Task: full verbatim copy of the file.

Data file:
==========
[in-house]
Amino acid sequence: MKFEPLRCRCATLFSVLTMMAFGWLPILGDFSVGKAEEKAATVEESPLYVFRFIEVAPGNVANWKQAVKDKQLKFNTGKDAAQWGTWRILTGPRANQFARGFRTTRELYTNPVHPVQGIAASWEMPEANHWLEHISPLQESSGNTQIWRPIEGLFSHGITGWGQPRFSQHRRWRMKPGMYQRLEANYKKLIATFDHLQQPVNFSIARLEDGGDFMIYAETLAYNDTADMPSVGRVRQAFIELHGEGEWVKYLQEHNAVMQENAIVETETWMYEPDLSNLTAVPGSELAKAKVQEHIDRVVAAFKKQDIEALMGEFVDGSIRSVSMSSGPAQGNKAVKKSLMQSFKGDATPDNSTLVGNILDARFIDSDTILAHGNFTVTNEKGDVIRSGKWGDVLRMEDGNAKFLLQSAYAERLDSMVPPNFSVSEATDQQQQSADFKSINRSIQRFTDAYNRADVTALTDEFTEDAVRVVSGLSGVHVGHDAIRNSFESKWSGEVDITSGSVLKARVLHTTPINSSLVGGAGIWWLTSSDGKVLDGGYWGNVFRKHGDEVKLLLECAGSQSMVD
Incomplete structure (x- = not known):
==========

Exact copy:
[in-house]
Amino acid sequence: MKFEPLRCRCATLFSVLTMMAFGWLPILGDFSVGKAEEKAATVEESPLYVFRFIEVAPGNVANWKQAVKDKQLKFNTGKDAAQWGTWRILTGPRANQFARGFRTTRELYTNPVHPVQGIAASWEMPEANHWLEHISPLQESSGNTQIWRPIEGLFSHGITGWGQPRFSQHRRWRMKPGMYQRLEANYKKLIATFDHLQQPVNFSIARLEDGGDFMIYAETLAYNDTADMPSVGRVRQAFIELHGEGEWVKYLQEHNAVMQENAIVETETWMYEPDLSNLTAVPGSELAKAKVQEHIDRVVAAFKKQDIEALMGEFVDGSIRSVSMSSGPAQGNKAVKKSLMQSFKGDATPDNSTLVGNILDARFIDSDTILAHGNFTVTNEKGDVIRSGKWGDVLRMEDGNAKFLLQSAYAERLDSMVPPNFSVSEATDQQQQSADFKSINRSIQRFTDAYNRADVTALTDEFTEDAVRVVSGLSGVHVGHDAIRNSFESKWSGEVDITSGSVLKARVLHTTPINSSLVGGAGIWWLTSSDGKVLDGGYWGNVFRKHGDEVKLLLECAGSQSMVD
Incomplete structure (x- = not known):